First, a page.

& nbsp\;

JHU/APL Colloquium - www.jhuapl.edu/colloquium 

 \;

T OPIC:  The James Webb Space Telescope

 \;

SPEAKER:  Michael T. Menzel\, JWST Mi ssion Systems Engineer\, NASA

 \;

The James Webb Space Telescope ( JWST)\, launched on December 25\, 2021\, is NASA’\;s successor missio n to the Hubble Space Telescope.  J WST has been designed and developed to observe “\;first light”\; objects in the nascent universe\, the evolution of galaxies over cosmic h istory\, star birth within our own galaxy\, planet formation and evolution both in our solar system and in solar systems around other stars and to m ake detailed observations of some of the recently discovered exoplanets.  The JWST telescope has an aperture greater than 6 meters in diameter\, and along with its compliment of scien ce instruments must be cooled to cryogenic temperatures below 50K.  It will be operated at the Sun-Earth L2 p oint to keep thermal sources such as the Sun and Earth in the same general direction so that their radiation can be shielded by a “\;tennis cou rt sized”\; sunshield\, allowing the payload to attain these temperat ures passively. This presentation will give an overview of the JWST scienc e and its systems design challenges.  The presentation will then discuss the lessons learned from this missio n.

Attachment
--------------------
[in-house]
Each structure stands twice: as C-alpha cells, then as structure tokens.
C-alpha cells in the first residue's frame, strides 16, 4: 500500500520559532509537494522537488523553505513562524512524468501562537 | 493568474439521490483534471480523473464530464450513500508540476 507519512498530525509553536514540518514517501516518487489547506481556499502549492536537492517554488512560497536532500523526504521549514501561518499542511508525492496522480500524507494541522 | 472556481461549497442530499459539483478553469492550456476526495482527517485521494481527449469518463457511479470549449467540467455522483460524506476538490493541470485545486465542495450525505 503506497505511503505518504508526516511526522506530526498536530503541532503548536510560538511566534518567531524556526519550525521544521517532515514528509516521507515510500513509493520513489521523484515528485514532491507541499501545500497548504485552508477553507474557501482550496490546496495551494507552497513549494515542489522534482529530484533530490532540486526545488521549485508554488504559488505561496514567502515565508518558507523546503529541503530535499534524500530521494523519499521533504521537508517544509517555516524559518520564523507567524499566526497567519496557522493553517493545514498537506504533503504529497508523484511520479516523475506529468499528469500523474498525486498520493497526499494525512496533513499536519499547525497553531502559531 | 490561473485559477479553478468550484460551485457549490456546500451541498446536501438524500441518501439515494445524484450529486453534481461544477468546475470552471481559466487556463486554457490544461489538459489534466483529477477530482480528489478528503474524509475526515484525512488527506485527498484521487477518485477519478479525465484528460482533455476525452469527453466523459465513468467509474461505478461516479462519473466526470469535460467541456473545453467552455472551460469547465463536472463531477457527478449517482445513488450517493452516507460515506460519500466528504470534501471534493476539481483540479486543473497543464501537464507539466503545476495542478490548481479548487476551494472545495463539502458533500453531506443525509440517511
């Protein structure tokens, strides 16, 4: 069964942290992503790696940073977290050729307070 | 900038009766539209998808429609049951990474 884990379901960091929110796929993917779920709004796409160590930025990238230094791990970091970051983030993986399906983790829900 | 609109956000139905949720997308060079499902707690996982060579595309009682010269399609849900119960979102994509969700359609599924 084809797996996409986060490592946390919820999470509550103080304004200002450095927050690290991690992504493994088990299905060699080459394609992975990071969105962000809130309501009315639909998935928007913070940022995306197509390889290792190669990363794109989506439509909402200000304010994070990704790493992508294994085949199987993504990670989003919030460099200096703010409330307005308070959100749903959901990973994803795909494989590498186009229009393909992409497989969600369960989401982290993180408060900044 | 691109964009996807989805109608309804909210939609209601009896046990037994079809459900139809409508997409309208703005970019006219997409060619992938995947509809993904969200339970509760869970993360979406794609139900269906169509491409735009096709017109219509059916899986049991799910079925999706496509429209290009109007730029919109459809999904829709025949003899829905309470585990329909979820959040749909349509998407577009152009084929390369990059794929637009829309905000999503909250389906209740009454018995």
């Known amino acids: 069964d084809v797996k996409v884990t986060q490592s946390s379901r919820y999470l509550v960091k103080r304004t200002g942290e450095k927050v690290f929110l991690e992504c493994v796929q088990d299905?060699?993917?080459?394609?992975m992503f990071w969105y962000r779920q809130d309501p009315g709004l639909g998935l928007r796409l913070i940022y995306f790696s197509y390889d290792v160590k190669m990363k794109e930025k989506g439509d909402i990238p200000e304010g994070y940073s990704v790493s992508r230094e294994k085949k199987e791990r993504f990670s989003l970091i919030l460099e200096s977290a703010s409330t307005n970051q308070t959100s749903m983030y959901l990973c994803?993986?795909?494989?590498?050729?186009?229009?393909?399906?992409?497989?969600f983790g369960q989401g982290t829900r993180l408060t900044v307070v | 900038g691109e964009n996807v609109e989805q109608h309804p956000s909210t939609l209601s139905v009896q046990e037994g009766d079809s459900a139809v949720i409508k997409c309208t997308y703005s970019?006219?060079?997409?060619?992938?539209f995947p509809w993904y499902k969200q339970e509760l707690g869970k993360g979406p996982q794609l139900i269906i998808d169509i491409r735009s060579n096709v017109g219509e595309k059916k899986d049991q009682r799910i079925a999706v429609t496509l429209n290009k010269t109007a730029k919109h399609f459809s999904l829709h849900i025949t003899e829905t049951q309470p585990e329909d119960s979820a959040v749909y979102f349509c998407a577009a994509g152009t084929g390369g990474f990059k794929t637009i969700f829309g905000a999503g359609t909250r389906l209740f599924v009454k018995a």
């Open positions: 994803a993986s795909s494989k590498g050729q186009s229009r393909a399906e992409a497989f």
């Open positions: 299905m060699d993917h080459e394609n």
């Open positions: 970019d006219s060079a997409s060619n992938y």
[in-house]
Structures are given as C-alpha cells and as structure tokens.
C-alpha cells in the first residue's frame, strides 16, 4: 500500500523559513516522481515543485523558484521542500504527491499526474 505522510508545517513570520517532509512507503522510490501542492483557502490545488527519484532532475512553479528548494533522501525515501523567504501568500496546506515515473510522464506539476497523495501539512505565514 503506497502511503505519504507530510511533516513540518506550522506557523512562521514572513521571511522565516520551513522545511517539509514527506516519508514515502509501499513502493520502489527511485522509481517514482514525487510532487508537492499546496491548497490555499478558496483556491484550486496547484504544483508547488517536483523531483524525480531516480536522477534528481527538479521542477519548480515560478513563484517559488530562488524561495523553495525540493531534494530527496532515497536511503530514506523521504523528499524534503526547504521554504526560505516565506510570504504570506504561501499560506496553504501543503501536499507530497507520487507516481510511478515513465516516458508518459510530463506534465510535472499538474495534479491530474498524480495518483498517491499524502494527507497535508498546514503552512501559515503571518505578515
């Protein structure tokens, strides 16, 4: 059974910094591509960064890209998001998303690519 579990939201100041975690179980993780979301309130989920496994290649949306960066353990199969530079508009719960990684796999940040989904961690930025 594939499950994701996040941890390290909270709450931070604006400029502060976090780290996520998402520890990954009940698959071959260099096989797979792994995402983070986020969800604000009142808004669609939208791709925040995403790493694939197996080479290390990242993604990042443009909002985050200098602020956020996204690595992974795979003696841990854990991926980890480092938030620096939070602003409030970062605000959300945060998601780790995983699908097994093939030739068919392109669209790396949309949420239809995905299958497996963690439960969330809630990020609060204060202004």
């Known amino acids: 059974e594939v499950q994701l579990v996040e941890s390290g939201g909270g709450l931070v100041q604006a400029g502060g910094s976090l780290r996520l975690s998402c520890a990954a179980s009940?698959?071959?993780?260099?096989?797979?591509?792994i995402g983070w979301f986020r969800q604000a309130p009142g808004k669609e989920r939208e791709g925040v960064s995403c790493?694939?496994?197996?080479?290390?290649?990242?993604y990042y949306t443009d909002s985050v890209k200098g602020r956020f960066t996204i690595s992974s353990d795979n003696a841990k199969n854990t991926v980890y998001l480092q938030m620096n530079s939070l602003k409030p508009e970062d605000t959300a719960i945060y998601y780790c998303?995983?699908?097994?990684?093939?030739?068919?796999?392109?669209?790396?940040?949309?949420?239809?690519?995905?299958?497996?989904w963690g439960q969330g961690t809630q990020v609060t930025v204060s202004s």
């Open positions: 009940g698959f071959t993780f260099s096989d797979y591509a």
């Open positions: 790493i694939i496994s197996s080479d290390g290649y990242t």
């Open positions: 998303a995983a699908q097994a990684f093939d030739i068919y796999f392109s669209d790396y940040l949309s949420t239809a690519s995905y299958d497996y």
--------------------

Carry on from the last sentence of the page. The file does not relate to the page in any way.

\;

 \;

Michael T. Menzel has 41 years of ex perience in aerospace\, working 23 years in industry for commercial and de fense missions and for NASA for the past 18 years.  He is currently the Mission Systems Engineer for the Jame s Webb Space Telescope.

 \;

Mr. Menzel rece ived a B.S. in Physics from the Massachusetts Institute of Technology in 1 981 and an M.S. in Physics from Columbia University in 1986.  He began his career in 1981 with the RCA Astro Space Division in East Windsor\, N.J. as an antenna engineer\, designing f light antennas for commercial and defense communications and remote sensin g satellites.  In 1990 he took a po sition in the Systems Engineering Group of the General Electric Astro Spac e Division designing commercial\, DOD and civil space systems.  In 1995 he took a position as Director of Sys tems Engineering in the Orbital Sciences Corporation\, and in 1997 he took a position as the Deputy Program Manager for the Hubble Space Telescope S ervicing Group at Lockheed Martin.